46 entries « 5 of 5 »
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Active projects

  • Mechanisms of release and signaling functions of ciliary vesicles, from 2022-04-01 to 2027-03-31
  • P.R.I.A.P.E*: Programme de Recherche sur l'Infertilité mAsculine et Physiologie de l'Epididyme, from 2020-07-01 to 2024-06-30
  • Platelets and neutrophils: the two culprits mediating pain in inflammatory arthritis, from 2020-04-01 to 2025-03-31
  • Réseau Québécois en Reproduction, from 2024-04-01 to 2030-03-31
  • Réseau Québécois en Reproduction (RQR), from 2017-04-01 to 2025-03-31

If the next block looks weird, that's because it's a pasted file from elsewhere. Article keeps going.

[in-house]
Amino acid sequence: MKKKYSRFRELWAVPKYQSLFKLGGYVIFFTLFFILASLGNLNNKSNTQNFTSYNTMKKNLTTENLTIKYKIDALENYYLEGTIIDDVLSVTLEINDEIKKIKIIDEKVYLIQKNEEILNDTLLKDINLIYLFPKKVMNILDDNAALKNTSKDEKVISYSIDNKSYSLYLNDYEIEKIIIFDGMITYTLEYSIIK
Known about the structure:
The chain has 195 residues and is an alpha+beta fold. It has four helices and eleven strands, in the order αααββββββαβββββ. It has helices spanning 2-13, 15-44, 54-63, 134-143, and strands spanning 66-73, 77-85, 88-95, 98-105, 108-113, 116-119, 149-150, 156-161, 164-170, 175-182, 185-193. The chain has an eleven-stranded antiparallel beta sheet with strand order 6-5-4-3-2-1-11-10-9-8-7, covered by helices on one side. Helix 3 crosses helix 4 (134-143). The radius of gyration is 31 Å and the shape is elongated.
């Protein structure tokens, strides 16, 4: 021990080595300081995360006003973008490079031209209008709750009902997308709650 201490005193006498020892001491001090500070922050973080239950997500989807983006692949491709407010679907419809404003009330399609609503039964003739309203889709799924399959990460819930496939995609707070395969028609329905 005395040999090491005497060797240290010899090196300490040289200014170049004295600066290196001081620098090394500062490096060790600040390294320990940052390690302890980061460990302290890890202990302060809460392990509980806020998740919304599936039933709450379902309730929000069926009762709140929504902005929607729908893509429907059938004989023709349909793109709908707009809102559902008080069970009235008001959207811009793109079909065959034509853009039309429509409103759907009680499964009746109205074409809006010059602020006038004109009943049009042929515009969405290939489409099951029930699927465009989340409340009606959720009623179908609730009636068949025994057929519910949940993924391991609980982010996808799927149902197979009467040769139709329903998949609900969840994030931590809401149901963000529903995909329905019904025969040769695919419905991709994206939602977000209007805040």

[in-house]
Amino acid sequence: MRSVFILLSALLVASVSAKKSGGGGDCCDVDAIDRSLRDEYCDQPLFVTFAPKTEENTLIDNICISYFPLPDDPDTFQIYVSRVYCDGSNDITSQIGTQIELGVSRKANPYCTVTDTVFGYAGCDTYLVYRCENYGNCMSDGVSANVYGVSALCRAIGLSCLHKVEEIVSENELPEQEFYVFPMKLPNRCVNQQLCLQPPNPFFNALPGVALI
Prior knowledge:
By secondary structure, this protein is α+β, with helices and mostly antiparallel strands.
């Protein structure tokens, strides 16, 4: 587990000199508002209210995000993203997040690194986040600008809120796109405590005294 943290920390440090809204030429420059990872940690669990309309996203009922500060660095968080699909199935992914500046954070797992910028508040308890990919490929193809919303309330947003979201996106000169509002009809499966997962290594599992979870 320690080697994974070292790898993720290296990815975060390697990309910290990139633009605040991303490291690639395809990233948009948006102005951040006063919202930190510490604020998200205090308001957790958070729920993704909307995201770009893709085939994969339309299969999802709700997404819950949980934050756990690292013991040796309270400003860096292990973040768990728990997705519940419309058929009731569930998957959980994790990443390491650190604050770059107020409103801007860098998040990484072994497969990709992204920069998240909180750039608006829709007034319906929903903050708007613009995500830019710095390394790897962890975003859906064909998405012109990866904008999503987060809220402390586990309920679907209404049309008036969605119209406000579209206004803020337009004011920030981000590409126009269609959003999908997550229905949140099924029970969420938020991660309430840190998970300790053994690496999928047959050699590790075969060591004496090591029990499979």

• Unravelling the role of primary cilia in prostate cancer initiation and progression, from 2023-04-01 to 2028-03-31

Recently finished projects

  • Exploring A Novel Signalling Pathway in Cilia formation and Ciliopathies, from 2023-02-21 to 2024-02-21
  • Platelets and neutrophils: the two culprits mediating pain in inflammatory arthritis, from 2020-01-01 to 2022-12-31
  • Unravelling the role of primary cilia in the control of male fertility, from 2018-10-01 to 2023-03-31
Data provided by the Université Laval research projects registery